When you know too much to be helpful
Earlier this week, I talked to a lawyer about my upcoming venture. I went into the call with questions about legal structures, liabilities, and due dates. They were doing their best to answer those questions for me. Unfortunately, it didn’t always work.
Many of these topics are new to me. Going into something of this size, I want to avoid as many expensive mistakes as I can. During our conversation, the topic of employment contracts came up. In the legal structure I am going for, I will hold different roles at the same time. I will be both the majority shareholder and the managing director of this company. Those are two different positions with different responsibilities.
That means that I will sign an employment contract with myself. Yupp, I am hiring me to do a job for me, signing the contract as both the employer and the employee.
When I asked him what had to go into such an employment contract, he replied with:
“Only the usual information you’d put into any employment contract.”
That… that’s not helpful. Having never written an employment contract, “the usual information“ means nothing to me. Now there I was, feeling stupid because I don’t know how to write employment contracts. Not a great feeling.
It is easy to see where they were coming from with their response. For them, writing and reviewing employment contracts is a weekly, if not daily task. They were too familiar with what they do every day that they did not consider their audience. They had no idea their reply wouldn’t help me, because they don’t remember what it’s like to not know this information.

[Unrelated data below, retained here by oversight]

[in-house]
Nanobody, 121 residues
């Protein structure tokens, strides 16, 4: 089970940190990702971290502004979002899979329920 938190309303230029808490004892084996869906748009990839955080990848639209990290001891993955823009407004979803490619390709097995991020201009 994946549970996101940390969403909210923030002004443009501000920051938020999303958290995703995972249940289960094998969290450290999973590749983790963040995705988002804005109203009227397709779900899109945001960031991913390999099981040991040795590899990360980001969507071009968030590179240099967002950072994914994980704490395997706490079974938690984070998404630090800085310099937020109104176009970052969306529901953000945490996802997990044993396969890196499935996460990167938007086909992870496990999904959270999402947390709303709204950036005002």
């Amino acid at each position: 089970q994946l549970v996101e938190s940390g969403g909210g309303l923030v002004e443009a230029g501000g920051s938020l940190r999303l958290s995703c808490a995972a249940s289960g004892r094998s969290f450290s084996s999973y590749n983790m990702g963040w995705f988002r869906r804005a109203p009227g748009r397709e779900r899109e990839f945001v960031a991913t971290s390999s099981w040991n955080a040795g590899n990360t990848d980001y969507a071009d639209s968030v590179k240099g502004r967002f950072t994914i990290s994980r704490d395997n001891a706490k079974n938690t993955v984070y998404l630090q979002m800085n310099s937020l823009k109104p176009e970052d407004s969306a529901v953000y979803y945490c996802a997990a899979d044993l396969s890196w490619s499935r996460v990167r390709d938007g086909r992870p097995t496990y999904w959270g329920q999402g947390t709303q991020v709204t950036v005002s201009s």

The same happens to us when we get good at something. I remember the confused looks on my colleagues’ faces when I told them to “pass a callback to the function”. Or when I asked them to “dispatch an action in the event handler so the reducer can update the store”. Those things seem reasonable when you have done them hundreds of times. Someone that never even heard some of these words will not know what they mean.
No matter what field you are in, chances are you have picked up the language experts speak. That can be a hindrance when trying to explain something to someone. To be helpful, you have to start by finding out where the other person is at. Will your industry’s terms, like callback and reducer, be obvious to them? If not, dial back your explanation and try again from there.
This doesn’t mean you need to dumb everything down. Explaining something to beginners does not mean treating them like idiots. It means taking them by the hand and bringing them up to where you are. If that means you need to go over the basics first, do that. You can’t be helpful to others if you don’t pick them up where they are at.
Clever code isn’t always the most readable. Especially when working in teams, readability has to come first.
Job interviews are tests for both sides. Use them to figure out if the company you are applying to is a place you really want to work at.
Annoyed with how browsers log variables to the console? We can access and do more useful things with them.